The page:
Various diagnostic methods exist for the detection of Chlamydia psittaci. In the current study, the test performance of polymerase chain reaction (PCR) was compared with other testing methods used in the diagnosis of C. psittaci. Tissue and fecal specimens (n = 119) of avian and mammalian origin were tested by PCR and one or more of the following methods: cell culture, enzyme-linked immunosorbent assay, and direct fluorescein-conjugated monoclonal antibody staining. Several gold standards, based on results of testing methods other than PCR, were used to calculate the following test performance characteristics of PCR: sensitivity and specificity, with their 95% confidence intervals; kappa statistics, a measure of intertest agreement; and lambda statistics, a chance-corrected estimate of the sensitivity and specificity. Overall, the test performance characteristics of PCR were low compared with the other testing methods. Possible reasons for the poor test performance of PCR in the current study include destruction of the organisms during storage, interference with the PCR by other reagents, or technical errors.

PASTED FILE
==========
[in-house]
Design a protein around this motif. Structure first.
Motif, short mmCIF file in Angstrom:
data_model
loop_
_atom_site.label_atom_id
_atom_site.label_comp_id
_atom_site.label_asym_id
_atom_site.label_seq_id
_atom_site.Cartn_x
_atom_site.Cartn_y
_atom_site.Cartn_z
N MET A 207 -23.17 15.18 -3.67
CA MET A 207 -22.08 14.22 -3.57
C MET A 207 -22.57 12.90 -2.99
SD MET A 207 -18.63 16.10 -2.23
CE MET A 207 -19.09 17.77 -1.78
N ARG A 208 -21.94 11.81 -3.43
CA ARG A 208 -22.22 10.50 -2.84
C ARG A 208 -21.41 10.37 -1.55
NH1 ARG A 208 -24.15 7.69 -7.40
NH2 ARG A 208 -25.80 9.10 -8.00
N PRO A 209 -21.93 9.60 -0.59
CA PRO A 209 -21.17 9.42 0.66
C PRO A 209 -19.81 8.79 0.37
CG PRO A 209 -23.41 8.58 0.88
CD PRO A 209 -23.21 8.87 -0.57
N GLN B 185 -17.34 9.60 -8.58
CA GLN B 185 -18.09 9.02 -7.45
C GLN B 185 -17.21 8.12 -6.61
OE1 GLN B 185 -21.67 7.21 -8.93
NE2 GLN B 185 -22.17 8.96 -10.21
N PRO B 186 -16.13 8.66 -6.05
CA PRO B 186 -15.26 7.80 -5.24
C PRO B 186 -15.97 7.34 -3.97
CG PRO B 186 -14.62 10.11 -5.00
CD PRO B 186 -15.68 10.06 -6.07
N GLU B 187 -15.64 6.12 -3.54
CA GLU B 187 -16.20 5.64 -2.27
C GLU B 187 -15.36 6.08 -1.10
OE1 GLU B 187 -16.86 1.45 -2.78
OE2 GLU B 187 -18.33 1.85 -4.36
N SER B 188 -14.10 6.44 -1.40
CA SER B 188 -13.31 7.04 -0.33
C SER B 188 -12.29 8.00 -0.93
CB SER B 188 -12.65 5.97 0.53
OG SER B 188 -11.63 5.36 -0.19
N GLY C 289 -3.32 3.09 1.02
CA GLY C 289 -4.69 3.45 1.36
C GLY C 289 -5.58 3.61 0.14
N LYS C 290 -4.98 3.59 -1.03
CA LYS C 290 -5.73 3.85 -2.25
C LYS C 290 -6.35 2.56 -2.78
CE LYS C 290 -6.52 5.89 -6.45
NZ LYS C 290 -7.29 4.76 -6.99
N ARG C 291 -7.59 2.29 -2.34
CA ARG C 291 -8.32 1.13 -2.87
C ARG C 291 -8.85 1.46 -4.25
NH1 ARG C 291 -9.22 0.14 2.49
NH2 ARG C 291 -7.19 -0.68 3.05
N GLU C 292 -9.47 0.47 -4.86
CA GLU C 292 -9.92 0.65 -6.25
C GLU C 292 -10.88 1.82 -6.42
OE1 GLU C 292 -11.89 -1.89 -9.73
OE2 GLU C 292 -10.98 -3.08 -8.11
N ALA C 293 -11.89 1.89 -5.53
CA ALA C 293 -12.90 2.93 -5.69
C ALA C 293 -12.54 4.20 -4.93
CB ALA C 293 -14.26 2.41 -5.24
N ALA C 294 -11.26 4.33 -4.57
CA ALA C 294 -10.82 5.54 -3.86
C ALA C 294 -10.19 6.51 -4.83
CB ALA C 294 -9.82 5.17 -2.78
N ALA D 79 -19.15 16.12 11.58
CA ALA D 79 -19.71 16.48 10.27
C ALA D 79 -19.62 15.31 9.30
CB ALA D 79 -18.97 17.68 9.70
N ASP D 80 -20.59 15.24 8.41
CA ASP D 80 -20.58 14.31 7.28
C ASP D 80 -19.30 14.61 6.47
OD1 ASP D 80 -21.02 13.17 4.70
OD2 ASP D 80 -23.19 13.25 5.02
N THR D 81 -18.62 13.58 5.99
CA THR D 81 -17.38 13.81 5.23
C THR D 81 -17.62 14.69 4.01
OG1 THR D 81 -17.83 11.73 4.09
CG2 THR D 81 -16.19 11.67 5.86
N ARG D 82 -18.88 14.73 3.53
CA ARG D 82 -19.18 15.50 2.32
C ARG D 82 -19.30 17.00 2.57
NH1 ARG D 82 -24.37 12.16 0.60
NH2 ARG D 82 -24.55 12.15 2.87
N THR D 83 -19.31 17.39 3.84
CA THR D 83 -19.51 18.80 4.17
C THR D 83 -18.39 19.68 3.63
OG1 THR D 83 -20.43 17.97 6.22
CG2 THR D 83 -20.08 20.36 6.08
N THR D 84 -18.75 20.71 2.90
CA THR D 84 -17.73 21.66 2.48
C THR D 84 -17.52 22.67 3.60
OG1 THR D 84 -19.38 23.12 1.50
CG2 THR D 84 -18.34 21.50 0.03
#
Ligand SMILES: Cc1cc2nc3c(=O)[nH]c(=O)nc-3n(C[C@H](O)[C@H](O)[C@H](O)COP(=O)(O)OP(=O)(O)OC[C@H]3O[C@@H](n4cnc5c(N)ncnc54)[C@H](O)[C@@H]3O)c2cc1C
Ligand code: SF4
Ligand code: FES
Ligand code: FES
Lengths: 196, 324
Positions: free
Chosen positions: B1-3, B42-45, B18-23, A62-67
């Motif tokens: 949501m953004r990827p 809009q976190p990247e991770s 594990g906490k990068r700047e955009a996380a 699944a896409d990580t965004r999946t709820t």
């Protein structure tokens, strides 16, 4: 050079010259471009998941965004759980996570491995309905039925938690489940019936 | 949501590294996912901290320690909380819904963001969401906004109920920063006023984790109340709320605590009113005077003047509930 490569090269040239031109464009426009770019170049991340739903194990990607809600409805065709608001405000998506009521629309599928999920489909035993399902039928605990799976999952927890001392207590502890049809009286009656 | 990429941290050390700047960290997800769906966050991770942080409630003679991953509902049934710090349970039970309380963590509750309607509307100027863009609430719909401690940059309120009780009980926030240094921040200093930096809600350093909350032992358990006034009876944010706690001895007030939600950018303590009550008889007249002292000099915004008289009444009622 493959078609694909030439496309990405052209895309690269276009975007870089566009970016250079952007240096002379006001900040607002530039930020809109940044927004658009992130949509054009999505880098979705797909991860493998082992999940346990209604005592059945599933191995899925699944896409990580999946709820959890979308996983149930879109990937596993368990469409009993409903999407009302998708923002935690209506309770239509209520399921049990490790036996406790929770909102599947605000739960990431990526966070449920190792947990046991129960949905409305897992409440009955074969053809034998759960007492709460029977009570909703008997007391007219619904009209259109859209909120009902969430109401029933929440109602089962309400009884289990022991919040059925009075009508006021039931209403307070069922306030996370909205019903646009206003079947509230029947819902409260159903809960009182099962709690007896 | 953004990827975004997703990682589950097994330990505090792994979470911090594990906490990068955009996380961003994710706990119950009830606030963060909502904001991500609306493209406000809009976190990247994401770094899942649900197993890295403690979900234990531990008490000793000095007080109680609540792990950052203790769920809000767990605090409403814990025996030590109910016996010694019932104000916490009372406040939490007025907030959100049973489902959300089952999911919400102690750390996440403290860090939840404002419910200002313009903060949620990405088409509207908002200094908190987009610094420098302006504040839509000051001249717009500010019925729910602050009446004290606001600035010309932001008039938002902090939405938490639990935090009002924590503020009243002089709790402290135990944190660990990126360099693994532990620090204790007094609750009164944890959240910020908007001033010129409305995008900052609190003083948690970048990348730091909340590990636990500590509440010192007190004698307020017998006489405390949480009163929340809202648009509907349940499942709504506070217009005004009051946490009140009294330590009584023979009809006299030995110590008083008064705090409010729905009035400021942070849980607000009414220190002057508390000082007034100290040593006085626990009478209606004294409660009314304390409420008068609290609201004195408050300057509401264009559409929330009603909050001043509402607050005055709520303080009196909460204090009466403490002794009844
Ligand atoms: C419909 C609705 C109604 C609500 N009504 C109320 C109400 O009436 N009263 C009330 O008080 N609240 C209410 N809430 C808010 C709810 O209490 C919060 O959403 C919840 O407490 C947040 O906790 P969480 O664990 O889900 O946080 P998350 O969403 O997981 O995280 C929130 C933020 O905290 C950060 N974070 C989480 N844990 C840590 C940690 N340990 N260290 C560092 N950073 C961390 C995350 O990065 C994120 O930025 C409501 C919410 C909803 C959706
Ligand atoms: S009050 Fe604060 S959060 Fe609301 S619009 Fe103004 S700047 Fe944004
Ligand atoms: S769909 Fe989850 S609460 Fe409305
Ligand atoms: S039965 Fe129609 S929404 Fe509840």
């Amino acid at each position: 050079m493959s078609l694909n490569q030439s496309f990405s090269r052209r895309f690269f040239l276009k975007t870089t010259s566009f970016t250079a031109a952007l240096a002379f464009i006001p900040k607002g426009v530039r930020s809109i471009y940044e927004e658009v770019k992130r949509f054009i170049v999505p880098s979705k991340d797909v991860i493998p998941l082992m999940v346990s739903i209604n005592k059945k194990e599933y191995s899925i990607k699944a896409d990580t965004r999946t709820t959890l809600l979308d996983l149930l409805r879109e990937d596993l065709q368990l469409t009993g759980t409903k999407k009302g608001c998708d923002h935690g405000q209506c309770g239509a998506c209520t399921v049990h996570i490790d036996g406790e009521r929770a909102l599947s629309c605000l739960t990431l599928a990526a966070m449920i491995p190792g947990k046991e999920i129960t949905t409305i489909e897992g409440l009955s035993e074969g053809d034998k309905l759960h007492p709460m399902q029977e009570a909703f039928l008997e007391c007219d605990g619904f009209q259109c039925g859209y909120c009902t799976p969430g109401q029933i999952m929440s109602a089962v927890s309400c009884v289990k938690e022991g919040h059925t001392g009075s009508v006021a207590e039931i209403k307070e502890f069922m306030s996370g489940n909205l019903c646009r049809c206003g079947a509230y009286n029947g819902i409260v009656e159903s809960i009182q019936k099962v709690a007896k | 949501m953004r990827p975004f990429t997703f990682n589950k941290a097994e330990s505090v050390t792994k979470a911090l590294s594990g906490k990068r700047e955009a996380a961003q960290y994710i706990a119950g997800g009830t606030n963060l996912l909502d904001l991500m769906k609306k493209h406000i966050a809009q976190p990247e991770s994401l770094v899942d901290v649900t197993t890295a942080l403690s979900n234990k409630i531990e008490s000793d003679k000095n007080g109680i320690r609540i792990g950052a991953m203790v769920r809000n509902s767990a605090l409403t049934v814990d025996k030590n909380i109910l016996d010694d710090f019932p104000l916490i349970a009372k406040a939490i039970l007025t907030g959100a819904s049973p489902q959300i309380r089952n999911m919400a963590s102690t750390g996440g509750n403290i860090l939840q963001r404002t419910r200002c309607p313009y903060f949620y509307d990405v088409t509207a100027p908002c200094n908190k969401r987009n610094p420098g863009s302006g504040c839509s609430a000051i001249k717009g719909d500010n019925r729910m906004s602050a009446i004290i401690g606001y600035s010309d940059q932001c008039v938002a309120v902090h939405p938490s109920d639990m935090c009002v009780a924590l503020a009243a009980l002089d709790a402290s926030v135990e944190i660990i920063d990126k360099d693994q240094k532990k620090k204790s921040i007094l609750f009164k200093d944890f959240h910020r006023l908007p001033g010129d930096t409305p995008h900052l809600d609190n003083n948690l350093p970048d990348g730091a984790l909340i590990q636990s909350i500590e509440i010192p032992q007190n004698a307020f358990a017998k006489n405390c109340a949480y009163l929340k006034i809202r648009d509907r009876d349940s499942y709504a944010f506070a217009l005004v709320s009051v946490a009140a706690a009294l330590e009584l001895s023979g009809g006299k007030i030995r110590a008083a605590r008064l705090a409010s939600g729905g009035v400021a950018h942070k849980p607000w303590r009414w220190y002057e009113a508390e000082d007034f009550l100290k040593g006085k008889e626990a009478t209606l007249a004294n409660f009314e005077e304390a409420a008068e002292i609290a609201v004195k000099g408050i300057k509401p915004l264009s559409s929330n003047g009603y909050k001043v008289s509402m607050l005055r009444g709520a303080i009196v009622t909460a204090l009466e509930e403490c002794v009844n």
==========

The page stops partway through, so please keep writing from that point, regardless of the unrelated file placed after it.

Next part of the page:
|Original language||English (US)|
|Number of pages||6|
|Journal||Journal of Veterinary Diagnostic Investigation|
|State||Published - Nov 1999|
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